Club Night: Talk Loudly, Carry a Big Guitar

Experiencing one of the band's instrumental ‘conversations’ is like living in an Escher painting.

One moment you’re walking up the stairs of an indie-pop track, the next instant you find yourself desperately clinging to the roof of an epic math-rock jam before you suddenly tumble down the inverse steps of a billowing emo tune. Some songs are marathons, others are sprints, but each Club Night creation is a veritable obstacle course, daring listeners to leap, duck, and listen during a swelling roller coaster ride of different moods and tempos.

“Josh has never written a non-complicated song,” bassist Devin Trainer says, referring to Joshua Bertram, the chief songwriter of the Oakland group that’s set to release their debut full length, What Life, in April on Tiny Engines Records.

“We don’t do a lot of coaxing you along,” says Bertram, whose band plays at Starline Social Club with illuminati hotties on Feb. 27. “There aren’t really any bridges to indicate that a change is coming. We just kind of snap into the new part.”

While Club Night’s oeuvre is comprised of immediate and intricate multi-suite tracks, their songs are not indulgent merely for art’s sake. They are fearless, daring ventures, containing hidden pop gems and ultimately anchored by an anthemic, propulsive atmosphere. Once you peel away the wires and cables, you’ll find a warm, beating heart in every Club Night song.

Bertram describes the cacophony of crashing guitars, trembling basses, and blurry synth sounds as a “conversation between instruments,” and the melding and blending of disparate noises creates a carnival feel. It’s the equivalent of being at a noisy, crowded house party and not giving a shit because the host is blasting Animal Collective over the speakers.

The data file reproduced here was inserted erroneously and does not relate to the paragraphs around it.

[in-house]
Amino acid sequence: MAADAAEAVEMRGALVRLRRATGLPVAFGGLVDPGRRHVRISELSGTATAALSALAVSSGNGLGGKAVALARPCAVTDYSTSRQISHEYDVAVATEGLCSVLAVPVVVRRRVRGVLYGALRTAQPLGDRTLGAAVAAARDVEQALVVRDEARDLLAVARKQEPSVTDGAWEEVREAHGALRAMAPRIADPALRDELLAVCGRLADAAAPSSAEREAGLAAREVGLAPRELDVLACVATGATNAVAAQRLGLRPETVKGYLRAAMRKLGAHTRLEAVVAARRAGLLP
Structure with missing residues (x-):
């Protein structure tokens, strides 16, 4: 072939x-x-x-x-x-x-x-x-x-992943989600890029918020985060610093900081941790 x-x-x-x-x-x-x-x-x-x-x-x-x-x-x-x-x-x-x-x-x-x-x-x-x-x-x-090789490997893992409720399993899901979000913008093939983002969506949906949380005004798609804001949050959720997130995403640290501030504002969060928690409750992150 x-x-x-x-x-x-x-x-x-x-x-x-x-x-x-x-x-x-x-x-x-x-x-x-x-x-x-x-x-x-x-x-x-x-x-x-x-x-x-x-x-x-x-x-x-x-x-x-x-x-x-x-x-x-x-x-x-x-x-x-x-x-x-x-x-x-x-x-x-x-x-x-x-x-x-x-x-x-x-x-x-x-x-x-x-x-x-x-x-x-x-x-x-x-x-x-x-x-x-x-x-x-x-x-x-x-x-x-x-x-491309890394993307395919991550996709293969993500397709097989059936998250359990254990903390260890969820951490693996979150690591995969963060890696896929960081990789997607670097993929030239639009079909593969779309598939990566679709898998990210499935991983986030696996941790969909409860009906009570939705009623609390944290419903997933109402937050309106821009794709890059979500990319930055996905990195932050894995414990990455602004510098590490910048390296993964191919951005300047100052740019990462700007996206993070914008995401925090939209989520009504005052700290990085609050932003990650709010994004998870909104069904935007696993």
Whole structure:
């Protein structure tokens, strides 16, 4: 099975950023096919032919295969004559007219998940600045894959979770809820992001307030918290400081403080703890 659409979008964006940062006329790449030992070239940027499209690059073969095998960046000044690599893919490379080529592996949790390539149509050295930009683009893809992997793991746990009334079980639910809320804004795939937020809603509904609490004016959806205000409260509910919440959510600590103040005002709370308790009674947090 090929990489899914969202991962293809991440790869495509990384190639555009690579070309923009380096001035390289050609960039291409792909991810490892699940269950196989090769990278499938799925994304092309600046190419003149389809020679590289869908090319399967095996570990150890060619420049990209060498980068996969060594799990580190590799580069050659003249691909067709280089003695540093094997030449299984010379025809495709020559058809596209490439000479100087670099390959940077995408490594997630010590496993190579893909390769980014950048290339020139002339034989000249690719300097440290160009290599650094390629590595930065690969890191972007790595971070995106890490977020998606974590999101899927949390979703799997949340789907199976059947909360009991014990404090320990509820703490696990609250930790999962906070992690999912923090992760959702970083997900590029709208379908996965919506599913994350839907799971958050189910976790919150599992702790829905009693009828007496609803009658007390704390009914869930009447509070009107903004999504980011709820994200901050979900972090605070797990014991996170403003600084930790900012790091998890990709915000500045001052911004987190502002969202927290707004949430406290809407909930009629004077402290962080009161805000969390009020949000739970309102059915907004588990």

Those moments of delirium defined the band’s first release, the 2017 EP, Hell Ya, and they continue to permeate through What Life. But as expected for a band coming into its own, the group explores surprising new wrinkles in their latest album, parsing pieces of their collage to reveal previously unseen elements.

On “Village,” an undeniably sweet track on the back end of What Life, Bertram briefly trades his trademark high-pitched yowl for a hushed whisper, cooing softly to himself that he “wrote a little love song,” below a horizon of twinkly cowboy-bar guitars. On the first two releases from the album, “Mute” and “Trance,” the group dips into elliptical, Modest Mouse-indebted guitars. The more placid, reserved tone offers evidence that Club Night can pace themselves if necessary.

But their strength comes from their ability to (barely) harness the manic energy or their unbridled sonic ebullience. Yes, “Mute” and “Trance” have their tender moments, but if you’re not ready for their pace to hasten rapidly, you will be left with sonically skinned knees.